Den meisten Menschen die sich, vor allem Deutschland, mit dem Themenkomplex Open Science beschäftigen, dürfte Lambert Heller in den letzten Jahren mehrfach über den Weg gelaufen sein. Mit seinem institutionellem Anker in der Technischen Informationsbibliothek (TIB) ist Lambert ein extrem umtriebiges und aktives Mitglied der Bibliotheksszene wie auch der Open Science Community. Von daher war es schon lange überfällig (und ebenso lange geplant), dass wir uns mal ein wenig Zeit nehmen und mit ihm über seinen Werdegang, seinen Job als Leiter des Open Science Lab an der TIB und die damit verbundenen Projekte sowie seine vielseitigen sonstigen Aktivitäten unterhalten.
Die Episode ist leider deutlich zeitversetzt zur Aufnahme veröffentlicht, daher sind alle zeitlichen Angaben relativ.
As you have recognized, Open Science Radio was again attending the Barcamp Open Science as well as the Open Science Conference. This episode is a wrap-up of the 2018 run of those two (related) events, again together with Guido Scherp, one of the organizers (you’ll know him by now). Guido is providing his impressions from the two events, we share ours and discuss a few things in general, as well as a few of the talks in more detail.
And now, have fun!
Lambert Heller (TIB) and Wolfgang Böttner (De Gruyter, OA journals for Societies) moderated a session on moving from traditional platforms to peer-to-peer networks as a basis for academic publishing. After the session they were so kind to share with us their impressions and main discussion points from the session.
Lambert Heller from TIB gave an ignition talk this morning at the Barcamp Open Science about why we should move scholarly publishing to peer-to-peer networks (Blockchain being one of the more widely known examples). He was also kind enough to give us a short overview about the reasons he (and his colleagues) identified.
March is here and this year’s Barcamp Open Science as well as the Open Science Conference is only a week away. We’re happy to attend again this year (for the fourth time) and help documenting the events with our recordings. Similar to the last years we’ve invited Guido Scherp to give us a short overview of what we can expect. We’re looking forward to meet a lot of people, exchange ideas and “drag” some of the events’ participants in front of our microphones to have them share their insights with us.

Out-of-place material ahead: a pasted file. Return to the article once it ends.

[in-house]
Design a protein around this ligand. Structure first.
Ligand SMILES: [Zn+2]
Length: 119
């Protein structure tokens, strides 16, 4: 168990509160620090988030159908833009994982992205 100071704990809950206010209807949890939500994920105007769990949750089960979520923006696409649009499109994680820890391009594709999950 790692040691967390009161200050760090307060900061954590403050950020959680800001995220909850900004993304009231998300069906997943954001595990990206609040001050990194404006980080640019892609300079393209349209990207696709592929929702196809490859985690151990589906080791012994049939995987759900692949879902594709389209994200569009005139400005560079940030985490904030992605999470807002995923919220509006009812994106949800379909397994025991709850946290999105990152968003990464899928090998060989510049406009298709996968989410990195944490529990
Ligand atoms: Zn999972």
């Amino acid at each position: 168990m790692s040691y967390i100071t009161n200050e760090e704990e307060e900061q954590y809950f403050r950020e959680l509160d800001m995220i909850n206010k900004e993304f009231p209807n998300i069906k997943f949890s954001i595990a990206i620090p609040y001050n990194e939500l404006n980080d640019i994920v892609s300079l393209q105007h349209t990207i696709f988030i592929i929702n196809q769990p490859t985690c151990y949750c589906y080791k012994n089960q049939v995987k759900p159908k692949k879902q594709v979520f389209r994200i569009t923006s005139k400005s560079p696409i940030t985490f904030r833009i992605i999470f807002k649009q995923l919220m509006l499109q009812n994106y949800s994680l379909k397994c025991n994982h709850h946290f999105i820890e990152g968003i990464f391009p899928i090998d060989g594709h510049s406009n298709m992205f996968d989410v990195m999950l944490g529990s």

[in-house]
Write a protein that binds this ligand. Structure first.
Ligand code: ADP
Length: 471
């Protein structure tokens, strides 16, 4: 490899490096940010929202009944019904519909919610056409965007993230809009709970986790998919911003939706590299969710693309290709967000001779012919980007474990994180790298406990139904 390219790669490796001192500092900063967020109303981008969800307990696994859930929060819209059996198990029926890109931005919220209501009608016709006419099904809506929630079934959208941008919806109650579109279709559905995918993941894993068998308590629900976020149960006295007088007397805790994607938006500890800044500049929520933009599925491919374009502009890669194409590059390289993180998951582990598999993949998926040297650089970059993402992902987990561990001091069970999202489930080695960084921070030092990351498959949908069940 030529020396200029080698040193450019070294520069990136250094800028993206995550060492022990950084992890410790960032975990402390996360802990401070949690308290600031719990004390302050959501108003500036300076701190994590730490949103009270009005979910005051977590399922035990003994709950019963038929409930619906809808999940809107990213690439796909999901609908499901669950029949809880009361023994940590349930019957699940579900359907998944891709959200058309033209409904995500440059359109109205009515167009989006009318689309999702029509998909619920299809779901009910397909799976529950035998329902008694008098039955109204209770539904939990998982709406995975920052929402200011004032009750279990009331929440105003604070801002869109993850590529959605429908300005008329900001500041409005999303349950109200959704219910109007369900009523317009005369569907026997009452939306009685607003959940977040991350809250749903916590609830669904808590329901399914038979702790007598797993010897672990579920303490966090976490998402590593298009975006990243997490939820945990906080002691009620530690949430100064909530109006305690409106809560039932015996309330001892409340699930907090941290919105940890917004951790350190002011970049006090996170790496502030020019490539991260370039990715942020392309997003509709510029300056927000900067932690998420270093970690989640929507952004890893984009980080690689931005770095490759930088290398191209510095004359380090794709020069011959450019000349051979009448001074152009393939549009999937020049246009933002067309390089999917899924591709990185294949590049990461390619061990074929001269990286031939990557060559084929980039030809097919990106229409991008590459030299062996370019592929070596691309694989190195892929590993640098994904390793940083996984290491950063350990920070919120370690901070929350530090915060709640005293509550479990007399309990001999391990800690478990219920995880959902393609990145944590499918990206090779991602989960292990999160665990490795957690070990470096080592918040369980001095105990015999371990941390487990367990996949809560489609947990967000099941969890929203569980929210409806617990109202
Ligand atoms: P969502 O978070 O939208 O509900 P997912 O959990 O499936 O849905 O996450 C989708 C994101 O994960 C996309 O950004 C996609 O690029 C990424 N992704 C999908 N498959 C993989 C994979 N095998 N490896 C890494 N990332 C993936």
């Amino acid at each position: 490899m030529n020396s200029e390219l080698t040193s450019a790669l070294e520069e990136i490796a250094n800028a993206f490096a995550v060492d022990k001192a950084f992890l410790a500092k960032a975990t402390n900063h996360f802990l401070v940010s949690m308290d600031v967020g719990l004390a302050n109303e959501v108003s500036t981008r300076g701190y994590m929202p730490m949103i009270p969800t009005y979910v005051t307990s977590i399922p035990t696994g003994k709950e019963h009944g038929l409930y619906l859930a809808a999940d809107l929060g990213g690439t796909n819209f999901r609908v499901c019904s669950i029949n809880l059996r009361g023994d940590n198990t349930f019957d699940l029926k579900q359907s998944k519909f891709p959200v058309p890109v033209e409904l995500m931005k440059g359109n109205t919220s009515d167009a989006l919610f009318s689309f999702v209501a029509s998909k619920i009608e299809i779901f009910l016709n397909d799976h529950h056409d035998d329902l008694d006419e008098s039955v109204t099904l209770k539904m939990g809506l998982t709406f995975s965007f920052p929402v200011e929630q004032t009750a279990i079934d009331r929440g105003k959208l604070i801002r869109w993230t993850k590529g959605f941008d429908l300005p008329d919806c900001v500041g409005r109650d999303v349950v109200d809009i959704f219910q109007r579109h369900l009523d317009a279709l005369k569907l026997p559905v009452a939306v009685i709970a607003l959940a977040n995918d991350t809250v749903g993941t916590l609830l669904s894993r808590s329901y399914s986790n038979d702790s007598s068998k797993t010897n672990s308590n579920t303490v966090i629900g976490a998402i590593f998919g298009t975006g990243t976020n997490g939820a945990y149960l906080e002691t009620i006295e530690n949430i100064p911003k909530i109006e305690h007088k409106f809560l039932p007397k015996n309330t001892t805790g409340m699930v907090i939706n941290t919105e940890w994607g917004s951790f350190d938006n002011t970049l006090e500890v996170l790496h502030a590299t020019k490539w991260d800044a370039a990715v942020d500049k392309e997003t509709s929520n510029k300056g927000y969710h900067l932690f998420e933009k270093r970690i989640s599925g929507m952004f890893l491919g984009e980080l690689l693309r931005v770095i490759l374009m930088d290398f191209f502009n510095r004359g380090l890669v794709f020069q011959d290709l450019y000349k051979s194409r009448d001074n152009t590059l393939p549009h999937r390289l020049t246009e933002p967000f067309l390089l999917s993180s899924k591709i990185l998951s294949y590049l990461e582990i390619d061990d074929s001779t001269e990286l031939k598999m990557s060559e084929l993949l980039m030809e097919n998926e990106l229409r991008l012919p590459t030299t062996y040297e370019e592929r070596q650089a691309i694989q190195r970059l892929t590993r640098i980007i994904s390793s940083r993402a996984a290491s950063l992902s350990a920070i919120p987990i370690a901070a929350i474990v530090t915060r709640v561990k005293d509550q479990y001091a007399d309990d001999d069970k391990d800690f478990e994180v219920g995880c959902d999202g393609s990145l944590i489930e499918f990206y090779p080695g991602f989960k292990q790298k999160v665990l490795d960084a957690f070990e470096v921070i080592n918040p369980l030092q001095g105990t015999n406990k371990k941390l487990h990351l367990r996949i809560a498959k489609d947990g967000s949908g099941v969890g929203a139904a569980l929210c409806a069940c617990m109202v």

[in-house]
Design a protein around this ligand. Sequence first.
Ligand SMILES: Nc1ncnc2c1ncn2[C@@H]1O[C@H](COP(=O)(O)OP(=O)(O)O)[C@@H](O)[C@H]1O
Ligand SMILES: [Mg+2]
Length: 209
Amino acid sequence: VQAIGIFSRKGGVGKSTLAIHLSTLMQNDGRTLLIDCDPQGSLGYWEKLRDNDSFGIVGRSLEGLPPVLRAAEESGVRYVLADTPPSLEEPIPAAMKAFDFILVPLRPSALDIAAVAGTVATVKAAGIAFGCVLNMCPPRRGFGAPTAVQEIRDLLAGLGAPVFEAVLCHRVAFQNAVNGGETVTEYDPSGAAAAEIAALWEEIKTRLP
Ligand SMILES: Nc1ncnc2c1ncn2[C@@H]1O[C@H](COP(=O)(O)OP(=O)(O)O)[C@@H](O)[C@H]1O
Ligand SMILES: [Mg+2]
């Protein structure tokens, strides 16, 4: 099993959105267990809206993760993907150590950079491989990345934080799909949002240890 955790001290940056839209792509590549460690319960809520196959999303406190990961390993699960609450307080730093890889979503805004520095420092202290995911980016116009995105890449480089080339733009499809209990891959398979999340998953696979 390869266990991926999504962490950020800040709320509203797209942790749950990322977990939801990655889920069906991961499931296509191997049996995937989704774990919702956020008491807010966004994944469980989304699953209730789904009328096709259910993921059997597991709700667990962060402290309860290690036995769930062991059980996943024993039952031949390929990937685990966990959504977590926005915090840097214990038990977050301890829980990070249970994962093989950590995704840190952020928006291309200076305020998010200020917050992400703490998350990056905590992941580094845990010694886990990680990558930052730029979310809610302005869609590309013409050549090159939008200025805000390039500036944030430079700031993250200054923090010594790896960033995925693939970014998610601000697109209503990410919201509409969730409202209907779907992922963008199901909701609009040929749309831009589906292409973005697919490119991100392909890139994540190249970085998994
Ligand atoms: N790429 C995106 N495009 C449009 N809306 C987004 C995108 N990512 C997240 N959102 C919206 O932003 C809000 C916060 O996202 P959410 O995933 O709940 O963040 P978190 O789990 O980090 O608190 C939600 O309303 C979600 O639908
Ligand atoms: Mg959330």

Pretty much everybody with a background in research knows PLOS, either through its mega journal PLOS ONE (most probably the biggest OA journal), or one of its other journals. However, it was kind of surprising to us when we recognized a while ago that there is also a PLOS podcast, the PLOScast. This podcast, being public for a year now, offers more than a dozen episodes so far, each being an interview with some very interesting guests – some of them well-known all over the place, such as Cameron Neylon, Matt Shipman,Geoffrey Bilder and many more. We got the wonderful opportunity to talk to Elizabeth Seiver, the host of the PLOScast (and herself being a meta researcher at PLOS with a psychology background) and Jennifer Laloup, the producer of the show. We talked about how PLOScast came to life and how they have been able to constantly grow it. We also share some of our own history and experience. We can absolutely recommend to give the PLOScast a thorough listen and we hope that there will be many more episodes to come. Hopefully, this episode is as interesting for you, as it was for us. Thanks Elizabeth and Jen! And now, enjoy!